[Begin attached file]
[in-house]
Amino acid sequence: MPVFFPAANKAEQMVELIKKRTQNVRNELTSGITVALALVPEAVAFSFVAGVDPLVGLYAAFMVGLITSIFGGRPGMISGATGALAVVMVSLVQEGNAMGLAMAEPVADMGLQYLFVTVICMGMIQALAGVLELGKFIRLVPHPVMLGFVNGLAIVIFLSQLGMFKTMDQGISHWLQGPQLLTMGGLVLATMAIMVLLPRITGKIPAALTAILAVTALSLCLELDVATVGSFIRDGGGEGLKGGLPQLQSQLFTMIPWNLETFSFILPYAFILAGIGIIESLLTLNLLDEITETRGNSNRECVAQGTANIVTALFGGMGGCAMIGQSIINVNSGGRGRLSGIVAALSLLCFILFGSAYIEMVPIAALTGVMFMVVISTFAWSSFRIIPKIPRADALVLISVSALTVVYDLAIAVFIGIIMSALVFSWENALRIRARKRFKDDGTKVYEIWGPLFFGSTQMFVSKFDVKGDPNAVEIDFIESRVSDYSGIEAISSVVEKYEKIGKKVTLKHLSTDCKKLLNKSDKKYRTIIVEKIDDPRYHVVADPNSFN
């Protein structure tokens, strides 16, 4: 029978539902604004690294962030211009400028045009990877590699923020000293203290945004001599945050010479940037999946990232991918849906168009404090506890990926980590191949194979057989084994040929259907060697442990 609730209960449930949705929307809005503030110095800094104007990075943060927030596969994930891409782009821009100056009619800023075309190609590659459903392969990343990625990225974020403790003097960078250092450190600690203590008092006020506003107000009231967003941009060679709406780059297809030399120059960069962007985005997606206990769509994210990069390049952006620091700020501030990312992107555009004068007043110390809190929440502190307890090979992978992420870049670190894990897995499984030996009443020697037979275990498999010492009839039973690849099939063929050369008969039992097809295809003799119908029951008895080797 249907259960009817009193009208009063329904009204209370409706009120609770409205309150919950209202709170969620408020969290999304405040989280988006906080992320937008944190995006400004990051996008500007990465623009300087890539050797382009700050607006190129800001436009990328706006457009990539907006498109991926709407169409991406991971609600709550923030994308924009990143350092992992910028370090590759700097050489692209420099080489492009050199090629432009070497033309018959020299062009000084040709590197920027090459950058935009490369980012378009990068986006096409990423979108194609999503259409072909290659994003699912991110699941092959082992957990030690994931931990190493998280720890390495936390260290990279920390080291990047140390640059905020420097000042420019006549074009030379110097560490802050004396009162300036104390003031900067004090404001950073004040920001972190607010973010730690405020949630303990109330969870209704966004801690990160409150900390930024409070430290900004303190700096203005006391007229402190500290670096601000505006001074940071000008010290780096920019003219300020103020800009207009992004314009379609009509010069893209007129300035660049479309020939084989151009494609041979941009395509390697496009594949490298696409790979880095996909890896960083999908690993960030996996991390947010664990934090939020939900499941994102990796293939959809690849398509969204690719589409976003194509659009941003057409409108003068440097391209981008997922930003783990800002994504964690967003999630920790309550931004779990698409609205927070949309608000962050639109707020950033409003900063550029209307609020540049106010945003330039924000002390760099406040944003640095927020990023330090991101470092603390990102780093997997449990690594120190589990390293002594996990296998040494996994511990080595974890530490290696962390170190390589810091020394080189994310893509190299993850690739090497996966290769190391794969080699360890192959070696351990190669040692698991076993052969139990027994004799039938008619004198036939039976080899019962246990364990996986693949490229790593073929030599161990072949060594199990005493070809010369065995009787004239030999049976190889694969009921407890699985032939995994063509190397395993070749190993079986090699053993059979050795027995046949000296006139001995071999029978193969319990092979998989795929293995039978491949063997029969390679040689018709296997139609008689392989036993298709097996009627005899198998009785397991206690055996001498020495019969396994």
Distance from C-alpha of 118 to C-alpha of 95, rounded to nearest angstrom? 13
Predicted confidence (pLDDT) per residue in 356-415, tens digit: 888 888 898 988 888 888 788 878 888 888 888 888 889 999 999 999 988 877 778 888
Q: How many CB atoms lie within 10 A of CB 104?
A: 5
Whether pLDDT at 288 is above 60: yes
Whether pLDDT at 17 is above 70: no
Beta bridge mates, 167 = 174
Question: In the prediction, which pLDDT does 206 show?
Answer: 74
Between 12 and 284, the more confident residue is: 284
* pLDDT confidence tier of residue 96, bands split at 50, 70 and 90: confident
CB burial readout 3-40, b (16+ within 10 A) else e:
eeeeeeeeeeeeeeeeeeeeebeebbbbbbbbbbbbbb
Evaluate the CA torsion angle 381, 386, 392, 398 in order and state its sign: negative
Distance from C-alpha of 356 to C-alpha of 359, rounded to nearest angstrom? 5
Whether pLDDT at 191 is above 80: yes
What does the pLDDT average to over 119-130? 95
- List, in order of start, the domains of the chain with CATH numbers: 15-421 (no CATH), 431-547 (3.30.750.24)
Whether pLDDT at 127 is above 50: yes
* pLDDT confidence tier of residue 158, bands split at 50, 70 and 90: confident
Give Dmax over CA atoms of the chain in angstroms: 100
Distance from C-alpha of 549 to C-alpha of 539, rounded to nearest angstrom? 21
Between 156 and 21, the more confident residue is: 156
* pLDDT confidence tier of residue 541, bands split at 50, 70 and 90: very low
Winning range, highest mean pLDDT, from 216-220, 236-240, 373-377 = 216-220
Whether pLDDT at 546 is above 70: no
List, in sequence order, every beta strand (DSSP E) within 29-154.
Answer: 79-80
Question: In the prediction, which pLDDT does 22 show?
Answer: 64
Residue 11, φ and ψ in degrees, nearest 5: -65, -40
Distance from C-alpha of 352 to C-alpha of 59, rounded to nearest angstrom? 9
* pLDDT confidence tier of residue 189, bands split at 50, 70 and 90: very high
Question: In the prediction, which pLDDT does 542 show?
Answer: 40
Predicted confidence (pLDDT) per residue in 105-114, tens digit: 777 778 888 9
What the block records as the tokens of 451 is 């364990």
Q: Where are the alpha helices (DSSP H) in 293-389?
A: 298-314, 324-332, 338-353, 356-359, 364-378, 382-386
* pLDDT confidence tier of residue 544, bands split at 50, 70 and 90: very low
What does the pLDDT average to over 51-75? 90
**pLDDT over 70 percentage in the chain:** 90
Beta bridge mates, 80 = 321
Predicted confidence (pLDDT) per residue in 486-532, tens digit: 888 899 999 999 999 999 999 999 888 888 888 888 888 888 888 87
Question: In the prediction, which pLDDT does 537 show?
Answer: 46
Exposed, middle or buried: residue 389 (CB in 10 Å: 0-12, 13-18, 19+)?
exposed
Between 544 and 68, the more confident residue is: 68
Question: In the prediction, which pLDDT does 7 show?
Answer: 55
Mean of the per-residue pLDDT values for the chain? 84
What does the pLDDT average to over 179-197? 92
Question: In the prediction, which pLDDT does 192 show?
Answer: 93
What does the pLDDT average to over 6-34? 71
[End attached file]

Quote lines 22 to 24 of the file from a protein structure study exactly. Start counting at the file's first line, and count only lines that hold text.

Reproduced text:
Whether pLDDT at 127 is above 50: yes
* pLDDT confidence tier of residue 158, bands split at 50, 70 and 90: confident
Give Dmax over CA atoms of the chain in angstroms: 100